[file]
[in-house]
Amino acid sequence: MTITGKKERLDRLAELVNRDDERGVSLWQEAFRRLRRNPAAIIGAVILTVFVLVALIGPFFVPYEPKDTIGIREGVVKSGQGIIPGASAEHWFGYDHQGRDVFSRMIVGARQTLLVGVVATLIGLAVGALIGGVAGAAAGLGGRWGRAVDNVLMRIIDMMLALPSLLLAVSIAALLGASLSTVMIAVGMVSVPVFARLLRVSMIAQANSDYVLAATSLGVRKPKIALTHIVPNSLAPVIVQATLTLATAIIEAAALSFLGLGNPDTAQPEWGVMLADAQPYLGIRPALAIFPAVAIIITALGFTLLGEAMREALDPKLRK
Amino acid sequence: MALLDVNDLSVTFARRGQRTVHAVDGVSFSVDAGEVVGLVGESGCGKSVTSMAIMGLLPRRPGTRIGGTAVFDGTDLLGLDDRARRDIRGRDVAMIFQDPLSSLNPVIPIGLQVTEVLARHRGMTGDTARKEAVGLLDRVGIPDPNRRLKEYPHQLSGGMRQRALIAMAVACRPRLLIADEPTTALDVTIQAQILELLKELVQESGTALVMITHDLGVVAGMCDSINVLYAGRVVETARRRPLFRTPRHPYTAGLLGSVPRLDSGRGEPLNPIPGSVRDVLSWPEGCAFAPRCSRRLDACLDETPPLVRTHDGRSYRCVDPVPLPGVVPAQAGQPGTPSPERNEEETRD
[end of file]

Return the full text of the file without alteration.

[in-house]
Amino acid sequence: MTITGKKERLDRLAELVNRDDERGVSLWQEAFRRLRRNPAAIIGAVILTVFVLVALIGPFFVPYEPKDTIGIREGVVKSGQGIIPGASAEHWFGYDHQGRDVFSRMIVGARQTLLVGVVATLIGLAVGALIGGVAGAAAGLGGRWGRAVDNVLMRIIDMMLALPSLLLAVSIAALLGASLSTVMIAVGMVSVPVFARLLRVSMIAQANSDYVLAATSLGVRKPKIALTHIVPNSLAPVIVQATLTLATAIIEAAALSFLGLGNPDTAQPEWGVMLADAQPYLGIRPALAIFPAVAIIITALGFTLLGEAMREALDPKLRK
Amino acid sequence: MALLDVNDLSVTFARRGQRTVHAVDGVSFSVDAGEVVGLVGESGCGKSVTSMAIMGLLPRRPGTRIGGTAVFDGTDLLGLDDRARRDIRGRDVAMIFQDPLSSLNPVIPIGLQVTEVLARHRGMTGDTARKEAVGLLDRVGIPDPNRRLKEYPHQLSGGMRQRALIAMAVACRPRLLIADEPTTALDVTIQAQILELLKELVQESGTALVMITHDLGVVAGMCDSINVLYAGRVVETARRRPLFRTPRHPYTAGLLGSVPRLDSGRGEPLNPIPGSVRDVLSWPEGCAFAPRCSRRLDACLDETPPLVRTHDGRSYRCVDPVPLPGVVPAQAGQPGTPSPERNEEETRD